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Installing SSH server on Windows 10

Microsoft natively supports SSH client and SSH server via libreSSH, but has some caveats, at least on Windows 10. According to the official docs it should be installable via the Features interface, but this was not quite so in my experience.


The official instructions list that it should be installable simply by browsing to Settings -> Apps -> Optional Features, and selecting to install "OpenSSH Server". As with most things Microsoft, (or so I've personally found), it just doesn't work.

I saw "OpenSSH Client" in the list, but the server was no where to be found. As such, I had to resort to the command line to install it instead, (so much for Windows being a GUI-friendly OS, eh?).

Installing SSHD

To run it, this needs to be installed as sudo. Unfortunately this OS does not ship with any sudo functionality, so instead search for "Powershell" in the start menu, right click on the application shortcut, and select "Run as Administrator".

powershell Add-WindowsCapability -Online -Name OpenSSH.Server~~~~

Once this powershell command was ran from an elevated privilege terminal, "OpenSSH Server" was displayed in the Optional Features interface, as listed above.

A configuration tweak is needed in ProgramData/ssh/sshd_config, but the service needs to be started before this directory is populated.

From the same administrator-level powershell window, start the service to create these files.

powershell Start-Service sshd Set-Service -Name sshd -StartupType 'Automatic'

Configuring with Sane Defaults

Then, sudo edit the sshd_config file, (again with the same Start -> Notepad -> right click, "Run as Administrator") and open the file, (while selecting "All Files" to show).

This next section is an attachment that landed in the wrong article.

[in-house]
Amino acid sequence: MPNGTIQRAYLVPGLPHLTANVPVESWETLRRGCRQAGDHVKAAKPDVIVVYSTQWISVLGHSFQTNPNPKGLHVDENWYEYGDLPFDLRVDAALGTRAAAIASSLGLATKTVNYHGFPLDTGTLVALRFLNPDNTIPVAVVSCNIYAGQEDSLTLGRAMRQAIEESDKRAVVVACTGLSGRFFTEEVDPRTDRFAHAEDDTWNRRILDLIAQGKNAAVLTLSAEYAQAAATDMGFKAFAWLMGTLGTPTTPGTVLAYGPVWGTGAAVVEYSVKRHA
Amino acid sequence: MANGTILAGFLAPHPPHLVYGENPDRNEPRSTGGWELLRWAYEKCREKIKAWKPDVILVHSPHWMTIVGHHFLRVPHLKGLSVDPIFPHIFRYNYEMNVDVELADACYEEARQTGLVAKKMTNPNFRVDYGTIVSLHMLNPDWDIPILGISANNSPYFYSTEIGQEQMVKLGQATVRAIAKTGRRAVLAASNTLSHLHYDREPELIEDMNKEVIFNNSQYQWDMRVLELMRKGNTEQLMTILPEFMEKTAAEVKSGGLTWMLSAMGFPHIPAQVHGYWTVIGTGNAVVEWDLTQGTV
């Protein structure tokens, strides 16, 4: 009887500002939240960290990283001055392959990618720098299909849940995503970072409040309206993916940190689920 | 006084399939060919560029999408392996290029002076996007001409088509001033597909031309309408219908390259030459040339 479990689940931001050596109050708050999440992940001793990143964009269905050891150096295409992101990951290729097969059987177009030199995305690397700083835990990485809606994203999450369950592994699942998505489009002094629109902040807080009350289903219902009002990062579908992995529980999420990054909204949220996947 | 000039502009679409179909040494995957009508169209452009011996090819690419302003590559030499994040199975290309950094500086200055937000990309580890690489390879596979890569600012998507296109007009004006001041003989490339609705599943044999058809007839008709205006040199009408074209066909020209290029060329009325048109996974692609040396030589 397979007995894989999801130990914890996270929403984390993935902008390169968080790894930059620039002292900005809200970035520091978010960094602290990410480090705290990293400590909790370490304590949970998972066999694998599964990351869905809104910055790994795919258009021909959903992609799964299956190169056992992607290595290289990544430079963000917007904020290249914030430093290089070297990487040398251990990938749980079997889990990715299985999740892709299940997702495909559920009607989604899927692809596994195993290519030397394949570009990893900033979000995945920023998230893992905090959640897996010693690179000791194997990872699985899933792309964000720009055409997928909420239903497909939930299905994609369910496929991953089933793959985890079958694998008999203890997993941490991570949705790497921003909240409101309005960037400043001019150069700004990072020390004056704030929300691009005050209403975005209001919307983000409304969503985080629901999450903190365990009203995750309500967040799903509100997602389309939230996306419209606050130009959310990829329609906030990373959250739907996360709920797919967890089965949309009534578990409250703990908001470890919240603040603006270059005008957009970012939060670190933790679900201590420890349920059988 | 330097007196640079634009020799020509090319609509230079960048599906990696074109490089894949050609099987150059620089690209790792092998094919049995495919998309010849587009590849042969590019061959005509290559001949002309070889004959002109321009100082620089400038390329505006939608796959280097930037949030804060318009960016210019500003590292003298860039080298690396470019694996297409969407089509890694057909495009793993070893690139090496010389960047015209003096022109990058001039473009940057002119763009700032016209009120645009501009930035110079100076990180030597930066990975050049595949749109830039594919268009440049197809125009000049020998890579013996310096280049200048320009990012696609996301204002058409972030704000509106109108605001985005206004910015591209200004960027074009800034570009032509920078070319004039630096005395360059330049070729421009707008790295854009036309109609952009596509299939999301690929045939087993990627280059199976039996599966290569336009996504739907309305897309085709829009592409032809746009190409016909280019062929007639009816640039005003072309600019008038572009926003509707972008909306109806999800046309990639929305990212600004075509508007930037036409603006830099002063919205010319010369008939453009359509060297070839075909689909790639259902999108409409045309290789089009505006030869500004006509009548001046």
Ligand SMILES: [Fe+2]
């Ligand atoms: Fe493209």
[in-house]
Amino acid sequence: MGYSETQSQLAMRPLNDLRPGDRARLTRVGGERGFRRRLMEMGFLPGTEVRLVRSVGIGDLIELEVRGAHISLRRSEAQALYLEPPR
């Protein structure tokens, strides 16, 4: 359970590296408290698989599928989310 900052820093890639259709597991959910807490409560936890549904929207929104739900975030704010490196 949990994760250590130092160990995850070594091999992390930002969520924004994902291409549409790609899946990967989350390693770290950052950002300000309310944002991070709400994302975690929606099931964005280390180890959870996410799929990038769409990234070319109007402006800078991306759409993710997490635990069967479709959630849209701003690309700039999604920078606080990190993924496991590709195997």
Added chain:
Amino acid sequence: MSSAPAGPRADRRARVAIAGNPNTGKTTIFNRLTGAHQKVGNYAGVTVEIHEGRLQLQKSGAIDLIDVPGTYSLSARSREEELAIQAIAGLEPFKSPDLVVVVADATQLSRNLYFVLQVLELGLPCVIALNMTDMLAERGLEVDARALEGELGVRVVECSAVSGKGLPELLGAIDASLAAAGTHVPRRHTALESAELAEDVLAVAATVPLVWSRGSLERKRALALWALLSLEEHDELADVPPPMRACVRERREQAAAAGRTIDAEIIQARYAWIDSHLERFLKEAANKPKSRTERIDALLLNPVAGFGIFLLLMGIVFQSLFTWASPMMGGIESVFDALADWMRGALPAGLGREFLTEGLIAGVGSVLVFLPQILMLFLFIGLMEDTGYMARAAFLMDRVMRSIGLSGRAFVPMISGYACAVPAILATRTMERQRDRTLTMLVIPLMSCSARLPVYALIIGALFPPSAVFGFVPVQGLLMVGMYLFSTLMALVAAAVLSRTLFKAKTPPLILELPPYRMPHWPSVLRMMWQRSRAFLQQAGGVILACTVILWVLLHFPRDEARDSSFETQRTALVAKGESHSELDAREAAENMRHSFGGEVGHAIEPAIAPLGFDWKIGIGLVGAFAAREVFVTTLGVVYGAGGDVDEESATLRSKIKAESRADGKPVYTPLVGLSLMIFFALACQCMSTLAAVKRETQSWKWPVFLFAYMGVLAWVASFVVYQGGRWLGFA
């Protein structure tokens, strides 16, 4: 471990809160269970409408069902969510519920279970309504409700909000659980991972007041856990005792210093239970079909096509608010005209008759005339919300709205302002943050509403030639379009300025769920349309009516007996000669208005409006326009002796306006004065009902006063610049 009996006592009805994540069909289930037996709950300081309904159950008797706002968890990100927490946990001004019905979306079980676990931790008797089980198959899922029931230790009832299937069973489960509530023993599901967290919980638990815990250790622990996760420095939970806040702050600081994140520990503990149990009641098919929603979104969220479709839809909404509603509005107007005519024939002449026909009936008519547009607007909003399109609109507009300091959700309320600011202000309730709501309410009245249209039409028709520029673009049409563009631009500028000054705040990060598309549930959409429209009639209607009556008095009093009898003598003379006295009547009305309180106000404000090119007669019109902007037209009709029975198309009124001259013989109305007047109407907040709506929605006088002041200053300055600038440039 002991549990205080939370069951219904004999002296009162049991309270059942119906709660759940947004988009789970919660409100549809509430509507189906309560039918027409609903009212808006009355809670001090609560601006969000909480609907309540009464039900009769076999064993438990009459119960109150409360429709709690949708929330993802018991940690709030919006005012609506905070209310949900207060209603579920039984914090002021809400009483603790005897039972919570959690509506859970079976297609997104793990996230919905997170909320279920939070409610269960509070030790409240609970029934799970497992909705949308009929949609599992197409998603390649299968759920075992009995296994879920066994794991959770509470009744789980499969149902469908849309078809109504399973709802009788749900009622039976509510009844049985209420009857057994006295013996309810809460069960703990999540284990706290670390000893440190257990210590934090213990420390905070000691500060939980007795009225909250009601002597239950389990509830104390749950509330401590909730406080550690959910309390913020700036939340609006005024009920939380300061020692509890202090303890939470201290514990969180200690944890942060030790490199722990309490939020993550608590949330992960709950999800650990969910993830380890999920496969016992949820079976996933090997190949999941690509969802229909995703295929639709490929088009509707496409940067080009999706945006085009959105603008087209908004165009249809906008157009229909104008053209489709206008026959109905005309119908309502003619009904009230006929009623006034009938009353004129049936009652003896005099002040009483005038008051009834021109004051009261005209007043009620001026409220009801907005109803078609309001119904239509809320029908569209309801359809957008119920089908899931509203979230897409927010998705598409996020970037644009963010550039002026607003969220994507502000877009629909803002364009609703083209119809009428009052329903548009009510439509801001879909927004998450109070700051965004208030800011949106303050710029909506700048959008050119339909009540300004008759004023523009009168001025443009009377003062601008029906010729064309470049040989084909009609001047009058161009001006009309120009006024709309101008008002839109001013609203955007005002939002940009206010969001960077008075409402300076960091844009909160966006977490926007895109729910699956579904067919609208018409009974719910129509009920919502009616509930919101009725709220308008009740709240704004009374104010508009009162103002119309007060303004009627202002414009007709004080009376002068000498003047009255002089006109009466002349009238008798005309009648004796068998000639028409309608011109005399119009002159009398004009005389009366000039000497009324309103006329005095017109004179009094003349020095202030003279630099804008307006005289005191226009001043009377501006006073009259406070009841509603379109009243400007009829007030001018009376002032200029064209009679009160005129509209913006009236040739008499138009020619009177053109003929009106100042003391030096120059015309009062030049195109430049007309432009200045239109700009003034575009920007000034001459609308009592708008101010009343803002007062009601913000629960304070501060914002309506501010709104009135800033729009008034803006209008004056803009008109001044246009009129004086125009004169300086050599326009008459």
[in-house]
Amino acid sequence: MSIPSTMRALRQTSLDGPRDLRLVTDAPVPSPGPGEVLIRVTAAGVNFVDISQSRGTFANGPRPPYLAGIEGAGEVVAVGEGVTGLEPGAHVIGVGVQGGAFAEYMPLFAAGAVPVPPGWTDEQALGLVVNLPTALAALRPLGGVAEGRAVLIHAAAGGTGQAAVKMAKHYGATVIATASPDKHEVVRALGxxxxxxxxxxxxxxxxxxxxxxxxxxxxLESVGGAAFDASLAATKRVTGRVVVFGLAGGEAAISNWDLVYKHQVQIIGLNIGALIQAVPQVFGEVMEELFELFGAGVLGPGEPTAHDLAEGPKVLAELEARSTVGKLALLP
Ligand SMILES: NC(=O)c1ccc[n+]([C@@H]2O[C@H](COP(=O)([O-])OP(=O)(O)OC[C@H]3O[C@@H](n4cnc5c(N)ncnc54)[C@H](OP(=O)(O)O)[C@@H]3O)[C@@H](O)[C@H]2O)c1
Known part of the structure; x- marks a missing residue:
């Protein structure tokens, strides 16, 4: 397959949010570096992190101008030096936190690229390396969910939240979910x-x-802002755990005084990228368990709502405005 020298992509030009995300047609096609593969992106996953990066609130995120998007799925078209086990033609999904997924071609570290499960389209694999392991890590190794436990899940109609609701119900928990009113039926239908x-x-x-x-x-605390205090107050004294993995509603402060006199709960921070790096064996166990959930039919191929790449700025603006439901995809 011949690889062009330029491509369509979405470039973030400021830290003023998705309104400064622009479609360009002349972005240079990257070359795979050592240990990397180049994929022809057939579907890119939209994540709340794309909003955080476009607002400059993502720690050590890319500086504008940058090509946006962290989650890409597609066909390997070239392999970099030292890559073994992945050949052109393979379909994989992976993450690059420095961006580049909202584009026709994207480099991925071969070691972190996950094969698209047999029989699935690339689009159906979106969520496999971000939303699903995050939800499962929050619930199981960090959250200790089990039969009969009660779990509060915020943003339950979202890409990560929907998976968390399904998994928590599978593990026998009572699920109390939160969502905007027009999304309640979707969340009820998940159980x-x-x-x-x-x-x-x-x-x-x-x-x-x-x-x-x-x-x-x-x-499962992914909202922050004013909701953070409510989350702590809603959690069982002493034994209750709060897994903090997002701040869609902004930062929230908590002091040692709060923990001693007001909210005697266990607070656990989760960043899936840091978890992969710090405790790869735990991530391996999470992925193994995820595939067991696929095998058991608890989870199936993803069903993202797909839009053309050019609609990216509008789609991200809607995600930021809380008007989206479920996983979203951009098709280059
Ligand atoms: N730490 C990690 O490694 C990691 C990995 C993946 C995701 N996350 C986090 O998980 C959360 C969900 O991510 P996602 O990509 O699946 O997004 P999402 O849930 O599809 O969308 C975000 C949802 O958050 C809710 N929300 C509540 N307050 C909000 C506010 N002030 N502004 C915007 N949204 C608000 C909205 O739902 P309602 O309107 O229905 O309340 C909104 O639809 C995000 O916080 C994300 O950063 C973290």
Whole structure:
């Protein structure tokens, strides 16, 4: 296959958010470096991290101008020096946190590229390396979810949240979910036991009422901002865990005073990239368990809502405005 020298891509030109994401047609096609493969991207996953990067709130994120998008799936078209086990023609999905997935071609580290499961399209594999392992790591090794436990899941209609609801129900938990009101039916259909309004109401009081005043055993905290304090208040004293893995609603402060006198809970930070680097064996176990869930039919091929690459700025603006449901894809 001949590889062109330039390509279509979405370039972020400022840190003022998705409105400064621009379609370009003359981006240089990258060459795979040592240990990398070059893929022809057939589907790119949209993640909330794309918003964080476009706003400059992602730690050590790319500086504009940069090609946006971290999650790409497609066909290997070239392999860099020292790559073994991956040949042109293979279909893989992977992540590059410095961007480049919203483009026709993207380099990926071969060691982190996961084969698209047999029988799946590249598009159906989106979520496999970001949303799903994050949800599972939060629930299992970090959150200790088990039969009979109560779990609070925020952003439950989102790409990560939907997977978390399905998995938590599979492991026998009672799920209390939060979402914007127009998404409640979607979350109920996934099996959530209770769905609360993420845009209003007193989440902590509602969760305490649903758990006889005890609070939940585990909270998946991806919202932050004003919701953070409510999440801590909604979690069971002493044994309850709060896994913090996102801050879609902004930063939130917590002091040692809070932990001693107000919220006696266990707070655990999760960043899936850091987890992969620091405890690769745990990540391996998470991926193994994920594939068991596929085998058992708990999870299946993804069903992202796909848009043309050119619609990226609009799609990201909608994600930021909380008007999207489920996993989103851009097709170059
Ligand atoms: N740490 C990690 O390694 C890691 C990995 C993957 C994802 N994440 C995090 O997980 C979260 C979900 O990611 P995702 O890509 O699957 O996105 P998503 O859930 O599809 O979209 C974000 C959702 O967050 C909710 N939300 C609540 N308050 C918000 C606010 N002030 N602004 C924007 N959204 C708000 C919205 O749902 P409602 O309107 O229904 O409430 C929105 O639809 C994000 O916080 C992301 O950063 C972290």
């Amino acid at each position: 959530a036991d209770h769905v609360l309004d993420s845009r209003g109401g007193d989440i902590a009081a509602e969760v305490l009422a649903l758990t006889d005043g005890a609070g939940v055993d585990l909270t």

Comment out the lines at the bottom listed as "Match Group administrators AuthorizedKeysFile...". This will force all users with admin permission to use the programdata as their source directory.

This defeats the purpose of having different user accounts, is just weird, and doesn't seem to work anyway.

I also recommend uncommenting "# PasswordAuthentication yes" and change it to "no". This will disable password auth, (as SSH should ALWAYS use keys for every user).

Once saved, restart the service, add your public key to ~/.ssh/authorized_keys, and test it out.

powershell Restart-Service sshd

Issues and Debugging

When you encounter issues, you can enable verbose logging by setting the following lines:



SyslogFacility LOCAL0 LogLevel Debug3 ```

Restart the service and a log file should be created in ProgramData/ssh/logs/sshd.log.

One issue I encountered was "get_passwd: Invalid account type 3.". According to bug reports this appears to be caused by the user name being the same name as the hostname, and the Win32 API doesn't understand that user authentication was requesting a user as opposed to the host.